Common Core moves continue in Manchester, Nashua
MANCHESTER — Critics of Common Core are cheering the decision by the school board in the state's largest city to forgo implementing the education standards promoted by state and federal officials.
The Manchester Board of School Committee voted nearly unanimously Wednesday to develop "Manchester Academic Standards" that would make us of the Common Core State Standards, but only as a foundation for a district-wide overhaul of the curriculum, which would draw from multiple sources.
In addition, the board backed the recommendation of Superintendent Debra Livingston to hold off on any decision on whether to transition to the Smarter Balanced test, the assessment exam derived from the Common Core standards that the state Department of Education intends to use in place of the NECAP. The first Smarter Balanced test is scheduled to be offered in the spring of 2015.
Ann Marie Banfield, the education liaison for Cornerstone Action, a state-based conservative advocacy group, praised the "leadership" of Mayor Ted Gatsas and the superintendent to forge their own standards.
"I think the question we need to ask is why aren't (other communities) doing the same thing. Why aren't they opening up a dialogue? (Education Commissioner) Virginia Barry has very clearly stated districts don't have to adopt the standards. What Manchester simply did was look at them and say we're not going to pursue it," she said.
On Tuesday, school officials in Nashua agreed to discuss a proposal from a school board member to put off fully adopting the Common Core standards and the Smarter Balanced test for two years. Previously, the Alton school board was the only one in the state to vote against implementing Common Core.
Opponents of Common Core had made Manchester a frontline in the battle over the standards, which they charge mask a progressive political agenda, are based on unsound educational principles, and would undermine local control.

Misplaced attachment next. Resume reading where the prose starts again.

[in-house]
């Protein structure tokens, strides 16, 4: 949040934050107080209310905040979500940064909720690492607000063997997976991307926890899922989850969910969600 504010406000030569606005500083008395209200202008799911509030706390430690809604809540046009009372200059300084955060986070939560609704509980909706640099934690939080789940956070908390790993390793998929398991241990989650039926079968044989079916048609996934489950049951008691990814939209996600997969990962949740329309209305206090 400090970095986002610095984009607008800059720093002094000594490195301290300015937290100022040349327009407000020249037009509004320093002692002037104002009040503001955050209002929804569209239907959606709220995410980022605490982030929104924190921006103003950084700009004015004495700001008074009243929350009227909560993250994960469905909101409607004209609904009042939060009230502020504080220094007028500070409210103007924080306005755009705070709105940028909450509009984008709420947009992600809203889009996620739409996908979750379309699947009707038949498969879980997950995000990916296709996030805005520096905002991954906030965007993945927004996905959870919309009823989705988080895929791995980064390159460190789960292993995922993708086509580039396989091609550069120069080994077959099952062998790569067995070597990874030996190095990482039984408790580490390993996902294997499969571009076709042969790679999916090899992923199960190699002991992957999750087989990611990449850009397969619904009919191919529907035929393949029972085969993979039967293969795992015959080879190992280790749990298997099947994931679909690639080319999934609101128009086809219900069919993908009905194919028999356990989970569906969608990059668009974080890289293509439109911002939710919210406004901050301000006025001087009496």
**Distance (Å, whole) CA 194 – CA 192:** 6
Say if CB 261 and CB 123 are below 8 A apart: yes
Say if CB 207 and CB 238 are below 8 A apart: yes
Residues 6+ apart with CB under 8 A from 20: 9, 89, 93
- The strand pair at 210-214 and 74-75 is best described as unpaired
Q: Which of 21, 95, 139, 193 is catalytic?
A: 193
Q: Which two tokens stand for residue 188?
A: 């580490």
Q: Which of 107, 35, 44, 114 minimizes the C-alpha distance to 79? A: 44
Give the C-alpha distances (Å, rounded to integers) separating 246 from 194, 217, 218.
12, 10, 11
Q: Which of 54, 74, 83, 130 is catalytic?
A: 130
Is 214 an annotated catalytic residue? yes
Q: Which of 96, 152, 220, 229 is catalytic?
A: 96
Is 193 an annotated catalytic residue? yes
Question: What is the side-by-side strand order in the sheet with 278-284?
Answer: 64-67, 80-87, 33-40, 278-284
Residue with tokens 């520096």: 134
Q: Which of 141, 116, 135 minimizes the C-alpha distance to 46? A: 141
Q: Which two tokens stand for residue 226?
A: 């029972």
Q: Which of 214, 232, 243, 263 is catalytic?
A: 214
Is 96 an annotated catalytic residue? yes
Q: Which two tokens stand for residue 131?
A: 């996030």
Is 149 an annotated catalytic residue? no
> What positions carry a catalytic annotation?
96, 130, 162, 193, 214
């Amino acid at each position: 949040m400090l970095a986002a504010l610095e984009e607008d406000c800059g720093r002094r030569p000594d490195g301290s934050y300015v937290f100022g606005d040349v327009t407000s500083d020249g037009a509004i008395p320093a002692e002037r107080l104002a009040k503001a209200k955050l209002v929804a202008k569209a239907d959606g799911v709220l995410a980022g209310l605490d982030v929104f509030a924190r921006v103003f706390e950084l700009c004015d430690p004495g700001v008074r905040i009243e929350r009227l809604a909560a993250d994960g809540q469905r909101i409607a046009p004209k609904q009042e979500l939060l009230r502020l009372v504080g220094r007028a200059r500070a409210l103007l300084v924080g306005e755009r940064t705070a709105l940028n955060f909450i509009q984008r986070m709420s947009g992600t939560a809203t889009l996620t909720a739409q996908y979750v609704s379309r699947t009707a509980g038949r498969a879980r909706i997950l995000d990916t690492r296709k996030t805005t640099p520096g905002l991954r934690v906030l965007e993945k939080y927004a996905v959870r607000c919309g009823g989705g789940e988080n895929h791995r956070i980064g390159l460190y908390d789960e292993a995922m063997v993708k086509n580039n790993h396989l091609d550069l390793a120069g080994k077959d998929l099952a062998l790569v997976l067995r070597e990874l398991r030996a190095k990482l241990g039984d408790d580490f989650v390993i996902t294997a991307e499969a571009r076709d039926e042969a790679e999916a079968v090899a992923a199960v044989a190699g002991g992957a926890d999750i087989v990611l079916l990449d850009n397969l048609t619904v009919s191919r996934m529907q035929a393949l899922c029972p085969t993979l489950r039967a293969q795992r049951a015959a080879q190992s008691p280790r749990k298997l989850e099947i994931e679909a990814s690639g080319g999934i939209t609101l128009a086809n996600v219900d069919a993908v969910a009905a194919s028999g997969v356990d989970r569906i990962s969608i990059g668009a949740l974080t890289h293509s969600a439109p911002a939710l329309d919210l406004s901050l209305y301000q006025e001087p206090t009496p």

Manchester board's vote on the district-based curriculum came after nearly two hours of public comments, during which opponents of Common Core railed against the standards. In smaller numbers, people spoke in support of Common Core, including several city teachers.
Livingston's proposal for city-based standards was something of a departure from her earlier stance on Common Core. She and her staff had defended the rigor of the standards, and had indicated that not adopting the state assessment could jeopardize both state and federal funding, which makes up more than third of the district's budget.
The administration will be taking on the curriculum overhaul as it grapples with other challenges, including large class sizes and the departure of tuition paying sending towns. Seven district schools have been targeted for special intervention by the state DOE.
Livingston did not return calls on Thursday.
The Manchester district was poised to move forward with curriculum guides developed over the summer to align its curriculum with Common Core. The district paid a Boston-based consulting company $84,000 to assist in the process.
Curriculum changes can be costly, both for classroom materials and professional development time for teachers.
Ben Dick, the president of the city teachers union, said the new proposal has "the potential to be something great."
He added, "If we move forward with Common Core, it would be a massive overhaul. We need the tools to implement any program, and part of that includes professional development."
Banfield of Cornerstone Action said that she and others would be watching closely to ensure that Manchester develops a genuine alternative to Common Core and not the same standards by another name.
"I think people were at the concerned phase. I think if they tried something like that, it would turn to outright anger," she said.
Calls to Deputy Education Commissioner Paul Leather were not returned. email@example.com